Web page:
Definition #3 according to Merriam-Webster: "a group or scattering of similar things" .... which is exactly what I set out to create in my latest quilt. What led me to even think of Archipelago as a quilt name was my use of Bahama, one of the Free Spirit Designer Essentials, as my background fabric. I intentionally opted for a color outside my norm, and it was an enjoyable diversion.
A modern interpretation of the very traditional log cabin block, this quilt was made intentionally as an entry to 2017 QuiltCon's American Patchwork & Quilting Nine-Patch Challenge. Whether or not anyone else thinks it qualifies as a nine-patch remains to be seen, but meanwhile, its blocks were exceedingly satisfying to make and the finish pretty darn close to what I'd had in my mind's eye when I began.
The one frustration - and there certainly was one - was the quilting. Measuring 75"x88", this quilt was bigger than I was comfortable with to quilt as I'd originally hoped - something with alot of turning that echoed the mood and shape of the blocks. My second idea was to free-motion quilt it, still with that echo in mind. But within 15 minutes of that, I could feel the stress rising dramatically and knew I wasn't up for what it would take - or do it well. Fast-forward through several tedious unpicking sessions, and I got back to it, this time with an angled grid that I felt pretty good about. I usually quilt much denser, so I'm not real keen on the looseness of the fabric in some portions of the grid; yet on the other hand, it fits the scale and odd angles of the blocks. I used Aurifil 50wt 5006 (light turquoise), a lovely shade that is visible enough while still nestling in discreetly.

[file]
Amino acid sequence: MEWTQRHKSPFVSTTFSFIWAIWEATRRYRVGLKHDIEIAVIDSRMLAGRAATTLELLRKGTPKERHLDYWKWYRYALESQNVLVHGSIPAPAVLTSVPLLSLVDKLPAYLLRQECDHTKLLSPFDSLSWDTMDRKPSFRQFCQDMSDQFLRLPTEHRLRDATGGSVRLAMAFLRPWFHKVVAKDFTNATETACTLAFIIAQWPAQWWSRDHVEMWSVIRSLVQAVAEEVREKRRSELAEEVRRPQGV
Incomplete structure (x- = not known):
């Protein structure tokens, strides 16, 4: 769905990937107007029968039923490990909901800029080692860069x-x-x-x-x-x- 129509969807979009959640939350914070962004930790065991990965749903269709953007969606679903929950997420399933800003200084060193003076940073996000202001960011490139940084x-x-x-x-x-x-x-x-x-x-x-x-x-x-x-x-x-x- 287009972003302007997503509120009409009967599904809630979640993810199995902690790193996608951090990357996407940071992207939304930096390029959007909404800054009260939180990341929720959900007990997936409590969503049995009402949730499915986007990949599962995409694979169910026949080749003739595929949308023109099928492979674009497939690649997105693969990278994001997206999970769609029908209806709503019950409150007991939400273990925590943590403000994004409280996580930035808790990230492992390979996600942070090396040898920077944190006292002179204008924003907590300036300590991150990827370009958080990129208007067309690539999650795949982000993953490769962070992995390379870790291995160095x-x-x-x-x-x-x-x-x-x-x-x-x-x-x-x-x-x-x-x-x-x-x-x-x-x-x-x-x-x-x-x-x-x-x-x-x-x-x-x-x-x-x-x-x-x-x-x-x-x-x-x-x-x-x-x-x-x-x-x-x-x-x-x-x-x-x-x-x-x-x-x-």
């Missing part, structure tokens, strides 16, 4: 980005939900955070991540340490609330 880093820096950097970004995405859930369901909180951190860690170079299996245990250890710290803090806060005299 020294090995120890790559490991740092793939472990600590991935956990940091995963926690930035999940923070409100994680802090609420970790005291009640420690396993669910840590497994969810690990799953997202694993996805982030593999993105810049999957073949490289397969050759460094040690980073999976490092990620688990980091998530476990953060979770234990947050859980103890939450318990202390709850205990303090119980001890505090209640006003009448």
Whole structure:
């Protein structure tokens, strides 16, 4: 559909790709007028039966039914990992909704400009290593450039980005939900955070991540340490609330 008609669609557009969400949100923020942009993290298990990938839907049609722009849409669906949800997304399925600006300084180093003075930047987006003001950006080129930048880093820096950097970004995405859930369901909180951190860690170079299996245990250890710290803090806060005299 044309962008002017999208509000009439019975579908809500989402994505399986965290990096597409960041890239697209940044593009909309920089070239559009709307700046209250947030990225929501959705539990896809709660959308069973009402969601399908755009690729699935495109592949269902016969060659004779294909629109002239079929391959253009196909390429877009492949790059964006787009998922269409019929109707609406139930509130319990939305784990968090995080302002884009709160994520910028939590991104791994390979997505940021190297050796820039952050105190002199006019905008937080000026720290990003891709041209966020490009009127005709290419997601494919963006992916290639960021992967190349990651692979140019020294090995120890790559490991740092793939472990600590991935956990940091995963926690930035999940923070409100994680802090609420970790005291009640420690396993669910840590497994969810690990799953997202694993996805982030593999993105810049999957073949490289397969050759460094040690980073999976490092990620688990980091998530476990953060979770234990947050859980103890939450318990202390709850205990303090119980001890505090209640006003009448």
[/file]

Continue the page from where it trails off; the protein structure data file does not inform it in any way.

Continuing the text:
Finished off with faced binding, I'll honestly say though I'm very pleased with the result, I'm glad it's done. Though piecing the blocks was quite fun, this one reminded me that a discomfort quilting larger quilts still exists. oh well.